Fans often donate in the name of their favourite groups and ‘Fan Rice’ culture is very popular in Korea, where they donate huge amounts of rice to charities to celebrate their idols. In 2012 marked the 20th debut anniversary of Seo Taiji and Boys. That year, the group’s fan club, Taiji Mania, raised nearly 39 million won ($35,000) for a donation to the World Land Trust in honor of the anniversary.

The money went toward the creation of “Seo Taiji Forest,” a five-hectare section in Brazil’s Guapi Assu rainforest, this has become a legendary story in the K-pop fandom. Listing these instances of generosity of the fandom might take an entire day, however in recent times, mega boyband BTS fans, who are called ARMY, raised just over $1 million from nearly 35,000 donors for the Black Lives Matter movement, in response to BTS had jointly donated $1 million to the ongoing anti-racism movement in the U.S. and beyond triggered by the recent outcry at George Floyd’s death. Indian BTS fans even raised more than ₹5 lakhs for Assam flood relief.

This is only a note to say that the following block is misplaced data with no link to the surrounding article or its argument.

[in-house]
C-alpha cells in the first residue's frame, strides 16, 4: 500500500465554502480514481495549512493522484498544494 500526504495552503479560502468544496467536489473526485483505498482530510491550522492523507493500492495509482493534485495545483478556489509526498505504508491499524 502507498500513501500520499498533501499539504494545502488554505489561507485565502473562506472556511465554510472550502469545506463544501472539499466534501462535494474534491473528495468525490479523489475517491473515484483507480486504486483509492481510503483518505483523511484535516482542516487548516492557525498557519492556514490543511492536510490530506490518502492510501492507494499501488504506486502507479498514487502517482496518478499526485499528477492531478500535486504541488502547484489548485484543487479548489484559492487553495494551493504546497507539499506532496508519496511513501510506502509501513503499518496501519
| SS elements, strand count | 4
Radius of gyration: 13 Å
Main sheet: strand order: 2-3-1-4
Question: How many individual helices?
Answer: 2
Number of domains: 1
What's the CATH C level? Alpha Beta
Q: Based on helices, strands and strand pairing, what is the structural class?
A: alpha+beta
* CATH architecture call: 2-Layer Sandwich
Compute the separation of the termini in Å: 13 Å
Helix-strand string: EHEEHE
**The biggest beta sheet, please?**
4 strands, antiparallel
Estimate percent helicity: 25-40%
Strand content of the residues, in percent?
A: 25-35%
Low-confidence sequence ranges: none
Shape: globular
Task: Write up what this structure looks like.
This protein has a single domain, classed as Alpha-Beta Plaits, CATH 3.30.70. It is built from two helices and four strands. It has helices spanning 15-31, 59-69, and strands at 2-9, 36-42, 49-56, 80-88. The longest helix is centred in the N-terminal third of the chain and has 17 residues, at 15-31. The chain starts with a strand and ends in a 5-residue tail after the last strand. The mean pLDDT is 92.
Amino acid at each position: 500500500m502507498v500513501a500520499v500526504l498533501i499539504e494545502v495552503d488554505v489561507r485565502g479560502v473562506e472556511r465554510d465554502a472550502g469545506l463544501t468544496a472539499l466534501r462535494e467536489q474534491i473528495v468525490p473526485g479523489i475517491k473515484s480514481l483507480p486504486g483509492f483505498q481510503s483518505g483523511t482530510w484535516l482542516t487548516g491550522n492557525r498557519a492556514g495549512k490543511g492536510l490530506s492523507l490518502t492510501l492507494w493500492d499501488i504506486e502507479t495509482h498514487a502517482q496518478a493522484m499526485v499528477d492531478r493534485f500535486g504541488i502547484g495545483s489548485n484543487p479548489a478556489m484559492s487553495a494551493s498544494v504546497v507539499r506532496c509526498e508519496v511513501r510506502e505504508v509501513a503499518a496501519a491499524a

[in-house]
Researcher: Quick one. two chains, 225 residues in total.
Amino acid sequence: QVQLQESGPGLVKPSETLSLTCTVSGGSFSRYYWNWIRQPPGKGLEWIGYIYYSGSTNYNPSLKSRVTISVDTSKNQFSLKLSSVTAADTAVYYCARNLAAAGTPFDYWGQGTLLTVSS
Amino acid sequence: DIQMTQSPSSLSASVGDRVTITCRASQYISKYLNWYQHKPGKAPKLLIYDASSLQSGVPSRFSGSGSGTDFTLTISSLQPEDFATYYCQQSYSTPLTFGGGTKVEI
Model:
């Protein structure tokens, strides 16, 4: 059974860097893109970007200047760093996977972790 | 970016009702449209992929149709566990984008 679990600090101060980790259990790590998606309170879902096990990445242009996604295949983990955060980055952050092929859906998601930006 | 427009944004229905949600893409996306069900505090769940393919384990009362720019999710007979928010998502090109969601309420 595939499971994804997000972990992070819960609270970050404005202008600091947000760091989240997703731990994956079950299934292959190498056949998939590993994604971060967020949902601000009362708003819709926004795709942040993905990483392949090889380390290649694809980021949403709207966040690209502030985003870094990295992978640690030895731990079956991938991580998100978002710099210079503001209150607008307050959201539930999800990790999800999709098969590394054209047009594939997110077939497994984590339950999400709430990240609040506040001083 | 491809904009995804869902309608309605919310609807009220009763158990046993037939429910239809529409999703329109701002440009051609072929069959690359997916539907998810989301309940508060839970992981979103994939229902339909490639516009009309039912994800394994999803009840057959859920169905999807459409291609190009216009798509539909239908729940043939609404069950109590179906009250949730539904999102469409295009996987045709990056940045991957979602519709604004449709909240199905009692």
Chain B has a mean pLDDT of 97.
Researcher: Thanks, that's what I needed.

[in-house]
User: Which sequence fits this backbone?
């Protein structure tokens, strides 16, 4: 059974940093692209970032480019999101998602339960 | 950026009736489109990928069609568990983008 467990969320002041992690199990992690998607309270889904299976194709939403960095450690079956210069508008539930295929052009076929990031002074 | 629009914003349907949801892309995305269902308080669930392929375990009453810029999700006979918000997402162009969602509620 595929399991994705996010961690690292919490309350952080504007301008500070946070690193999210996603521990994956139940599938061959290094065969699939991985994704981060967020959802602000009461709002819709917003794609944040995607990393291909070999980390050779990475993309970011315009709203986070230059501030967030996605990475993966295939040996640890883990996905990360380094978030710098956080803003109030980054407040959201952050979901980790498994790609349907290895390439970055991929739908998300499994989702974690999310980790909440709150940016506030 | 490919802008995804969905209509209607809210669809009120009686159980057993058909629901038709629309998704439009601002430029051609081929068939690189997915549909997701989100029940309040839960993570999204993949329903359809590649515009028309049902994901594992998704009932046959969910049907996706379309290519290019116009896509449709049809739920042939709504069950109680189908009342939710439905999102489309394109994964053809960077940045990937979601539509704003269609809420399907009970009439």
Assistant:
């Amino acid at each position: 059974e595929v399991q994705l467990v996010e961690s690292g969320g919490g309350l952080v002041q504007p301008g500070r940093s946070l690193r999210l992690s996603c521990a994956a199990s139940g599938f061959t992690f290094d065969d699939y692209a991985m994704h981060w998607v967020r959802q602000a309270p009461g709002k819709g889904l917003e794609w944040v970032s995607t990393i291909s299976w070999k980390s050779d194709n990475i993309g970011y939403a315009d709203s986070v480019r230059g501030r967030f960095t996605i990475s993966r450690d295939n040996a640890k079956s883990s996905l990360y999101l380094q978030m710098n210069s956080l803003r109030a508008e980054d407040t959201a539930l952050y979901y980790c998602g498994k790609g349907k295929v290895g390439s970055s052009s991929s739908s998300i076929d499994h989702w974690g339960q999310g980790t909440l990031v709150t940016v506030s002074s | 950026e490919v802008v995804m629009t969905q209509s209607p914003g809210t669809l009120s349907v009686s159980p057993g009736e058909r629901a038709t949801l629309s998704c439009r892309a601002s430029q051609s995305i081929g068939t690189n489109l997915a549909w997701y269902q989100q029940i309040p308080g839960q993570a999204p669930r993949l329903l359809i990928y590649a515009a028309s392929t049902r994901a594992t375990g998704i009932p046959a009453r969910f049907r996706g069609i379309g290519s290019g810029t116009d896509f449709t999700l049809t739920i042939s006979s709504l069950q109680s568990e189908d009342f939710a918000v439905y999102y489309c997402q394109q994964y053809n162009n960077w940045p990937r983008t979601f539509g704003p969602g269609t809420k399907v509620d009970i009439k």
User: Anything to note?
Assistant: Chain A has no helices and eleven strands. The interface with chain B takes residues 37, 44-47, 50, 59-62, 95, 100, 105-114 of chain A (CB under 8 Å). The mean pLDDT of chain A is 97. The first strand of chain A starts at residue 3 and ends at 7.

K-pop and its popularity worldwide presents itself as an example of a successful government initiative for the betterment of their country. Coincidentally enough, this concept was also presented as ‘Make in Korea’, however, their success became ten fold more than that of ours.